Precious in the sight of the LORD is the death of His godly ones. (Psalm 116:15)
I’m not quite old enough to check the obituaries every morning; however I am old enough to occasionally find one of someone I know. The next time I check I will find the name of my friend Omer Ritchie. It is an honor to call Omer a friend although I have only known him a few short years.
We met when we were attending Charlie Johnson’s Bible study in the apartment complex where Charlie and Omer lived. Sharon and I attended because we loved Charlie. Omer attended because he loved the Bible.
I was amazed to discover that Omer, and his twin brother Homer, were the pastoral successors to J. Frank Norris at First Baptist Church of Fort Worth. Having studied a little Baptist history, I know that Norris was a firebrand preacher who had a reputation for being an extreme fundamentalist. It was quite natural to assume that Omer would be of a similar theological persuasion.
That is what made it fascinating for Omer to be so faithful to Charlie’s Bible study. No one has ever mistaken Charlie for a fundamentalist, and most in Southern Baptist circles would have a hard time even putting him in the conservative camp. But Omer came every Thursday morning.
When the Bible study began to take shape and move toward becoming a church, Omer kept coming. Whether we met in a church fellowship hall, a local restaurant, someone’s living room, or out in the park, Omer was there whenever possible.
He loved our little group of believers, especially the young adults. And they loved him in return.
We celebrate communion every time we meet and we had some great times sharing that meal together. It was not unusual for Omer to break off a piece of bread and preach a short sermon about Jesus’ sacrifice.
One of my fondest memories was a Sunday evening as we passed the bread around the room for communion. Omer took the loaf, broke off a piece, and turned to hand it to my son Matthew with the words, “This is the body of Christ broken for you.”
Matthew does not look like someone who would be in Omer’s circle of influence. His long hair and bread are accented by his tattoo covered arms. It was an amazing sight to see this juxtaposition of people who belong to the Body of Christ. I shed a tear as I watched a few minutes later as the juice moved around the room in the other direction and heard Matthew say to Omer, “This is the blood of Christ shed for you.”
He loved Matthew and Matthew loved him.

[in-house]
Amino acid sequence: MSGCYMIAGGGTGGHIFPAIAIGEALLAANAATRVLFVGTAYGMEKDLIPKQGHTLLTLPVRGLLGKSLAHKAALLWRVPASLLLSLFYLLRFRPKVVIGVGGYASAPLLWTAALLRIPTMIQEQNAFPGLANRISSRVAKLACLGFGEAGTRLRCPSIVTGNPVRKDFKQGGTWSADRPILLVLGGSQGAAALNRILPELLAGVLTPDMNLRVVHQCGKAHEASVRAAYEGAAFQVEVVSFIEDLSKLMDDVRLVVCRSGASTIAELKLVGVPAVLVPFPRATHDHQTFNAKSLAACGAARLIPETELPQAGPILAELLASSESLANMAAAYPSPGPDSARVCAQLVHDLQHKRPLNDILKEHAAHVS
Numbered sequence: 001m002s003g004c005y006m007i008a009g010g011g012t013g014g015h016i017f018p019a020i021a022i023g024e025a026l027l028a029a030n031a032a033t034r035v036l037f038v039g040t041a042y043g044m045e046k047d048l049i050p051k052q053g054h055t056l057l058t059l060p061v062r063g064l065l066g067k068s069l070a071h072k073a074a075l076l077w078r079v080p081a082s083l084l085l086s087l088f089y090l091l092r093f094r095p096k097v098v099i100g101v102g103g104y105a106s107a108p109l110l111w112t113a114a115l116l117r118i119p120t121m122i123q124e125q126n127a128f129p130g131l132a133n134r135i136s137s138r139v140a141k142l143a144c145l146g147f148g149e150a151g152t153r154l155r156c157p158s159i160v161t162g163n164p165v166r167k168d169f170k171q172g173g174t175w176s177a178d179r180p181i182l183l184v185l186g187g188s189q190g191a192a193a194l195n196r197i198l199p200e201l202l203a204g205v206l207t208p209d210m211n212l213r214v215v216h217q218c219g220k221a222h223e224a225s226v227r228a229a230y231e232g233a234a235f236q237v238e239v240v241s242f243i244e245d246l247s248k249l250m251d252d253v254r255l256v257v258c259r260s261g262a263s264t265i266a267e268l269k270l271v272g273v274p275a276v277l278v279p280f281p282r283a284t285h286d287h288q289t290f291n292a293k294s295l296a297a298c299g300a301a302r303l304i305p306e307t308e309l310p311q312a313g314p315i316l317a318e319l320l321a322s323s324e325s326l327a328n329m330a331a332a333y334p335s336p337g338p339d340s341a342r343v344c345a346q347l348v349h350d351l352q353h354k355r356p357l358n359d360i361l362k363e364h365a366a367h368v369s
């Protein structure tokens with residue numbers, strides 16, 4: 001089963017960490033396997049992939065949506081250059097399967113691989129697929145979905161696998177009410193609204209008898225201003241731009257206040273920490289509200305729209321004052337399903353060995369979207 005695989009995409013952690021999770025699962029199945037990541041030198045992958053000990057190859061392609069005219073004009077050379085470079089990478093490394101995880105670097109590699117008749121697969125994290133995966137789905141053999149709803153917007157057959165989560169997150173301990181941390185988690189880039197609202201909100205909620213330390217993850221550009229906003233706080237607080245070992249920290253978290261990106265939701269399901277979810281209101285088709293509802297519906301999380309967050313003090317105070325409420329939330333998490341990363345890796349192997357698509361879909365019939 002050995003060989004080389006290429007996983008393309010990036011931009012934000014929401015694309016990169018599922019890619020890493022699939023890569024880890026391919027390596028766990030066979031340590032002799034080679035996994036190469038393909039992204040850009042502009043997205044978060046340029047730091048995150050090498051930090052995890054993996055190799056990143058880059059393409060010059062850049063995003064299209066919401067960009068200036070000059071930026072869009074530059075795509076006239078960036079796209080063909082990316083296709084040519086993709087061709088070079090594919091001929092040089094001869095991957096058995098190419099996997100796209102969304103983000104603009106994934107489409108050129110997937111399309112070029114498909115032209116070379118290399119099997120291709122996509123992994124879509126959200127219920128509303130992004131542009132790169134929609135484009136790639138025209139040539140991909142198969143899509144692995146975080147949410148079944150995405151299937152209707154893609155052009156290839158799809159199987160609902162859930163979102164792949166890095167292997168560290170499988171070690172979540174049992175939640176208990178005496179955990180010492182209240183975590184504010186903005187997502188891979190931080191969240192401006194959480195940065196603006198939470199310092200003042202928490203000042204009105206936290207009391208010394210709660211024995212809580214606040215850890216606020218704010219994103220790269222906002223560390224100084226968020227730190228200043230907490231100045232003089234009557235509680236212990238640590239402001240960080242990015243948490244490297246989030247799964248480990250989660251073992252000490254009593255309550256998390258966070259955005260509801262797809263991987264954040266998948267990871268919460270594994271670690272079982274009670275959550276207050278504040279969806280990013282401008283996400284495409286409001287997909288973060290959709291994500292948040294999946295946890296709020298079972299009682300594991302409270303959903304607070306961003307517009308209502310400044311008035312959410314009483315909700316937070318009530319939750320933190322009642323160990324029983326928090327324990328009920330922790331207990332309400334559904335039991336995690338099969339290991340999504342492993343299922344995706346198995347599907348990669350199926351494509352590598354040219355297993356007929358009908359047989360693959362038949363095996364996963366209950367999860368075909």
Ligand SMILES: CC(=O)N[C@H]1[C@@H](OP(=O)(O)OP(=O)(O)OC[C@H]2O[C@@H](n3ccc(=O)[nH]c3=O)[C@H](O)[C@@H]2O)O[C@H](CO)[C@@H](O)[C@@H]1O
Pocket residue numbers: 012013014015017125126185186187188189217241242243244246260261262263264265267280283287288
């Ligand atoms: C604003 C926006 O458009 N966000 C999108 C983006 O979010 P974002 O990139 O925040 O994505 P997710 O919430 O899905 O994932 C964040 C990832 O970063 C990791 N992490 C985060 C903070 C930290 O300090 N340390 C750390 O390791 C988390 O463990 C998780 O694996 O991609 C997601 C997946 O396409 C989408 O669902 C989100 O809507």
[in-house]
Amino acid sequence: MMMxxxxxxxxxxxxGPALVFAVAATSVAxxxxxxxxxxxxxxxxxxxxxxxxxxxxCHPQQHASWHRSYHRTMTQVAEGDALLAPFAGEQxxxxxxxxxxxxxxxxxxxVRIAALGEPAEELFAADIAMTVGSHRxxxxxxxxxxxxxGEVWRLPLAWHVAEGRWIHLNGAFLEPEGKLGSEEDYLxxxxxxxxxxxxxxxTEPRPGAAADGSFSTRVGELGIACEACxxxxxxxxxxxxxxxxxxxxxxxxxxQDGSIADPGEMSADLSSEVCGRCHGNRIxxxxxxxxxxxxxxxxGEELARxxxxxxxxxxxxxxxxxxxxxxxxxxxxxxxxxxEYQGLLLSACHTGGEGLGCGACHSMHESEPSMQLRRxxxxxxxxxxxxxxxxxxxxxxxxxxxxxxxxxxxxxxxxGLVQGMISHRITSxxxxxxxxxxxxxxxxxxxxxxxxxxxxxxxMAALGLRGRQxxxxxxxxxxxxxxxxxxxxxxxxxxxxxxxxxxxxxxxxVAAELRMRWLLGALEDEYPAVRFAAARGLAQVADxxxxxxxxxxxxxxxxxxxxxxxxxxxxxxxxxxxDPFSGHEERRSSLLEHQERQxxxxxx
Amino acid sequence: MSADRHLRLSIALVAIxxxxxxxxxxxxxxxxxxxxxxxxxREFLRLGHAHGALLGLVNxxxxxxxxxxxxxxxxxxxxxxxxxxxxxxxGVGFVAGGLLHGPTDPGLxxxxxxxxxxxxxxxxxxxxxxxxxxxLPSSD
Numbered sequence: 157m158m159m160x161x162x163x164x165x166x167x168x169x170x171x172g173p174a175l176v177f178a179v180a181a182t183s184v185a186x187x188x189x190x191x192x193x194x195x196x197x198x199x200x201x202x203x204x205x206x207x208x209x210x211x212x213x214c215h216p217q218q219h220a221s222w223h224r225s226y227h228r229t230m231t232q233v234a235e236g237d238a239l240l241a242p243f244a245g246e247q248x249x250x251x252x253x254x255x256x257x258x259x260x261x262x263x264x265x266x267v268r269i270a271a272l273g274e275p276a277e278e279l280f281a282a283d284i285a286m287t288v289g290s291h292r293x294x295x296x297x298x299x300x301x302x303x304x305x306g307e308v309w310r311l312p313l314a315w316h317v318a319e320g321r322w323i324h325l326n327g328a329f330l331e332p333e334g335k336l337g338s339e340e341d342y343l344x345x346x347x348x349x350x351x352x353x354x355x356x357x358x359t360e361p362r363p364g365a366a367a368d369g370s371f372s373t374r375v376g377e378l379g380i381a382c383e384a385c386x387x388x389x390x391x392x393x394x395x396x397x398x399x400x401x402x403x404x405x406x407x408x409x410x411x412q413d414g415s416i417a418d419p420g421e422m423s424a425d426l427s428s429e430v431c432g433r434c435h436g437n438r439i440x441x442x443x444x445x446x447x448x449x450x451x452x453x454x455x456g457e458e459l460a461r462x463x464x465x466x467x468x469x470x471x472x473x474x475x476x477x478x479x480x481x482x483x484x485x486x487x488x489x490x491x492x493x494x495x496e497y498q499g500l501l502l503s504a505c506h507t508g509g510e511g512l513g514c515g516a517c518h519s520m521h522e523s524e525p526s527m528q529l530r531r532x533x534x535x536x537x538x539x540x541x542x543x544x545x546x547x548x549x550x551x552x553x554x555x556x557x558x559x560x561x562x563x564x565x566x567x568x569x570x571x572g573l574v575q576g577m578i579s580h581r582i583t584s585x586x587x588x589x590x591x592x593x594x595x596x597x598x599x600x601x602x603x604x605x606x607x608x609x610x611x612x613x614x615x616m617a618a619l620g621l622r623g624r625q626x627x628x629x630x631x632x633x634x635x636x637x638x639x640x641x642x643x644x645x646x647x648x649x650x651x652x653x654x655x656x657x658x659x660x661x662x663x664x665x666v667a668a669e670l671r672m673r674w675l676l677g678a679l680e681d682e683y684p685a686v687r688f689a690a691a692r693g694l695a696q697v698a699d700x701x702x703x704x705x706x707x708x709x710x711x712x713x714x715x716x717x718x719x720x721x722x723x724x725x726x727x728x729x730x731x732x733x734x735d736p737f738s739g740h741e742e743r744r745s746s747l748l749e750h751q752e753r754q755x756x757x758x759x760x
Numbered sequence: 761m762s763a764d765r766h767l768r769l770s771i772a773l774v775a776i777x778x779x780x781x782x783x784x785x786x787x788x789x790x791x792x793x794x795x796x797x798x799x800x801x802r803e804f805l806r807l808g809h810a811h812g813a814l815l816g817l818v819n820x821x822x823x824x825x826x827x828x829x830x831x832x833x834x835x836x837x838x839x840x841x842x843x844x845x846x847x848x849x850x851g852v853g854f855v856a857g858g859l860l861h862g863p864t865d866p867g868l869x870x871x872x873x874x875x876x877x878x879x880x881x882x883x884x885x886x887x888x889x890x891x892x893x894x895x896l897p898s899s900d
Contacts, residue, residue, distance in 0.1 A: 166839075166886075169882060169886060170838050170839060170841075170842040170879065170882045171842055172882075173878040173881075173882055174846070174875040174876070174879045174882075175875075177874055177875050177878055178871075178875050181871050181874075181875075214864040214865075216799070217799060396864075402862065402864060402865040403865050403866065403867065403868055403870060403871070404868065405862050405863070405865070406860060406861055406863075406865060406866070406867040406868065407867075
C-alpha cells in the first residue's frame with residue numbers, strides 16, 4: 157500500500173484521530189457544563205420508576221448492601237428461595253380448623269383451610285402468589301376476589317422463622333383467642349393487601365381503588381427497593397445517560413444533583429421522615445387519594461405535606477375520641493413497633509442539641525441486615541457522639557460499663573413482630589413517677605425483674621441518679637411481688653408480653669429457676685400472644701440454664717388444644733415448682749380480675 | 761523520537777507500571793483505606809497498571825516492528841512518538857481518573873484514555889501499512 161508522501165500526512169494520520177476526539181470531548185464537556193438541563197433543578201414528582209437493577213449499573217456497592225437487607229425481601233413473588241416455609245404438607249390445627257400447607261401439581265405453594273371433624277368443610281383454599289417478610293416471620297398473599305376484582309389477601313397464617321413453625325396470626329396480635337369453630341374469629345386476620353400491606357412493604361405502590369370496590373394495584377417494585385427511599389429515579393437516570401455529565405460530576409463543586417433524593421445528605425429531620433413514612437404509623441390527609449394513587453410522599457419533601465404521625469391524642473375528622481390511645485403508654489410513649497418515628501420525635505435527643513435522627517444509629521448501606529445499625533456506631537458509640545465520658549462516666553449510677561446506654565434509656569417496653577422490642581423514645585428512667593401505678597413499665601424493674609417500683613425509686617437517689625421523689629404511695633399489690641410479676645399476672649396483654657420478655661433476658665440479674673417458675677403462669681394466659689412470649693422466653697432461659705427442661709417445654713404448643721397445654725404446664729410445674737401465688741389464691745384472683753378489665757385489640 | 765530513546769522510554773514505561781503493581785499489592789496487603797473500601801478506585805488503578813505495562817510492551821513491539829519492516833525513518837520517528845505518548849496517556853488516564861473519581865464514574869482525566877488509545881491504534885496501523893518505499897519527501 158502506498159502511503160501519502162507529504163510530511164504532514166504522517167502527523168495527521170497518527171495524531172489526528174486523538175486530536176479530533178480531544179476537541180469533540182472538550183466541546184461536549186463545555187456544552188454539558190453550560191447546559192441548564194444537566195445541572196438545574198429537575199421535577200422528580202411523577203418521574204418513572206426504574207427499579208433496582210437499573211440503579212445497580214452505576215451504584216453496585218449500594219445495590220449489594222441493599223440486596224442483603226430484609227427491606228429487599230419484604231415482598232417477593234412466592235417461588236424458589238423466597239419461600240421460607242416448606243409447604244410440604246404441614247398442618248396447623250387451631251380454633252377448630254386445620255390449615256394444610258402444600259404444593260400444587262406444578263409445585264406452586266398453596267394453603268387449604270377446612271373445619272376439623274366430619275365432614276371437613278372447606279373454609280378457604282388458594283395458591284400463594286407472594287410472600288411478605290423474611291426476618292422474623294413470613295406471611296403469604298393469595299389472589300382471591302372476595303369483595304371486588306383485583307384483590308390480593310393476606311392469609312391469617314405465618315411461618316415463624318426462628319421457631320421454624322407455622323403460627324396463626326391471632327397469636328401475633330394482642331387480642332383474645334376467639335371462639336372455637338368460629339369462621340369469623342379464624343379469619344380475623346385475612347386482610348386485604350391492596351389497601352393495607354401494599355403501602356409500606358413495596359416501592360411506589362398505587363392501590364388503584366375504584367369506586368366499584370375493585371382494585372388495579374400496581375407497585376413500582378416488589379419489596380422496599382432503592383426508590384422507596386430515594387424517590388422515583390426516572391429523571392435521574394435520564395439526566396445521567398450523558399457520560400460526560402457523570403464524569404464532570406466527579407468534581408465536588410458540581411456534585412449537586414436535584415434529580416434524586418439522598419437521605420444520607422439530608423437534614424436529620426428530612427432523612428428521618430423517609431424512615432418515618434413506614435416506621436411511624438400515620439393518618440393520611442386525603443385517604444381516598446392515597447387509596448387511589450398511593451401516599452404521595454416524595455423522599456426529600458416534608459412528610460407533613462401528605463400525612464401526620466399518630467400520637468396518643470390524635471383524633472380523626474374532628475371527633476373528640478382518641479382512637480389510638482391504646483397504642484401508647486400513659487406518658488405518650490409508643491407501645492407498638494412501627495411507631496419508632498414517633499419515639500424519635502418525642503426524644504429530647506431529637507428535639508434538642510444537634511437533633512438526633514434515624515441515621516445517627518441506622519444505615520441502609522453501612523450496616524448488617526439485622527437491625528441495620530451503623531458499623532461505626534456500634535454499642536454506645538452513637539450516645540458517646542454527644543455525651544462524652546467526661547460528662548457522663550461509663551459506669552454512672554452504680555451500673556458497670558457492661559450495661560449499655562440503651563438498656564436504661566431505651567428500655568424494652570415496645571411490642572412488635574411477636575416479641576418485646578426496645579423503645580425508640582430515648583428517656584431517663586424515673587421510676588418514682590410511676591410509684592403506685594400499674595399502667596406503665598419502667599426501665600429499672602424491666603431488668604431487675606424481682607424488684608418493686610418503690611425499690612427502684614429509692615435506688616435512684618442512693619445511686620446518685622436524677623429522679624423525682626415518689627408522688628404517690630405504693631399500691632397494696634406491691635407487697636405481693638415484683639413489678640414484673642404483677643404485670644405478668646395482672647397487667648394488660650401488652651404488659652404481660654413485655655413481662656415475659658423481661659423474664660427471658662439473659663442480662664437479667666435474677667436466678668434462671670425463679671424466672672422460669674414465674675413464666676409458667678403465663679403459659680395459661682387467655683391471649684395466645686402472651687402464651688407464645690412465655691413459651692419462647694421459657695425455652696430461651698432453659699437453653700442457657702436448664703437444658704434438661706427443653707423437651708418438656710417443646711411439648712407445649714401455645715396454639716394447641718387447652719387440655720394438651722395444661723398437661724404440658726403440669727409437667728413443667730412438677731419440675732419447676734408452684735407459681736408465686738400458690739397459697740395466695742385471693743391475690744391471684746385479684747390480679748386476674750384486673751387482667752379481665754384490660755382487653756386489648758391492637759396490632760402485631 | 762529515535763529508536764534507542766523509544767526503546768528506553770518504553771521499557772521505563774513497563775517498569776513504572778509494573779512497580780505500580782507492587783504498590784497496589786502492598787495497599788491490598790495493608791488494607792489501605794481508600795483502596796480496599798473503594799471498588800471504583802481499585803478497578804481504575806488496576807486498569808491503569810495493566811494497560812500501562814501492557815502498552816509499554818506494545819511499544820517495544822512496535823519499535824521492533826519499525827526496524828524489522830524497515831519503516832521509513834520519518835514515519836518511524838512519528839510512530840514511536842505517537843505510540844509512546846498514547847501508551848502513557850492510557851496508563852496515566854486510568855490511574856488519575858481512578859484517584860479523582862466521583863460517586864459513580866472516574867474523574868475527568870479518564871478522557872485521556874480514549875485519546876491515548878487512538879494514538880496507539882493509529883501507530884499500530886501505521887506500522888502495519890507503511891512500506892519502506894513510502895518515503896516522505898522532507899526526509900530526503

Omer could barely hear what was going on, but it never kept him from experiencing the presence of God’s Spirit in our midst. On more than one occasion, when Omer was asked a question that he did not hear well enough to understand, he would simply lead out in prayer. It was great!
Almost every Sunday Omer would have a word to share about the passage of Scripture, even if it didn’t apply to the subject we were discussing at the time. But it was always appropriate because it came from his heart filtered through decades of scholarship.
He carried a five-pound Scofield Bible in a plastic bag, which made it easier for him to handle while he used his walker. Every page of the Bible was filled with writing, notes he had accumulated over the years. He could open it up and preach a three point sermon on any passage of Scripture.
Omer and Charlie are quite a pair. I’m sure friends of both of them are shocked to learn of their relationship. However, the reason their relationship worked is quite simple – they both love Jesus and they both love people.
Omer talked frequently about Charlie being a great preacher. He also frequently complimented me for having a great wife, even though he occasionally called her “Sarah.” Perhaps I reminded him of Abraham.
The last time I saw Omer was at a Mexican restaurant where our little group met on a Sunday evening. It was hot outside and it took a lot of effort for Omer to walk the necessary distance. I’m not sure he heard any of the conversation around the table. He did say the prayer before we ate. And we were all glad he came!
If the Psalmist is correct, God saw something precious early Wednesday morning when Omer crossed over to a much better place. However, there will be an empty place with our little group that will be very hard to fill.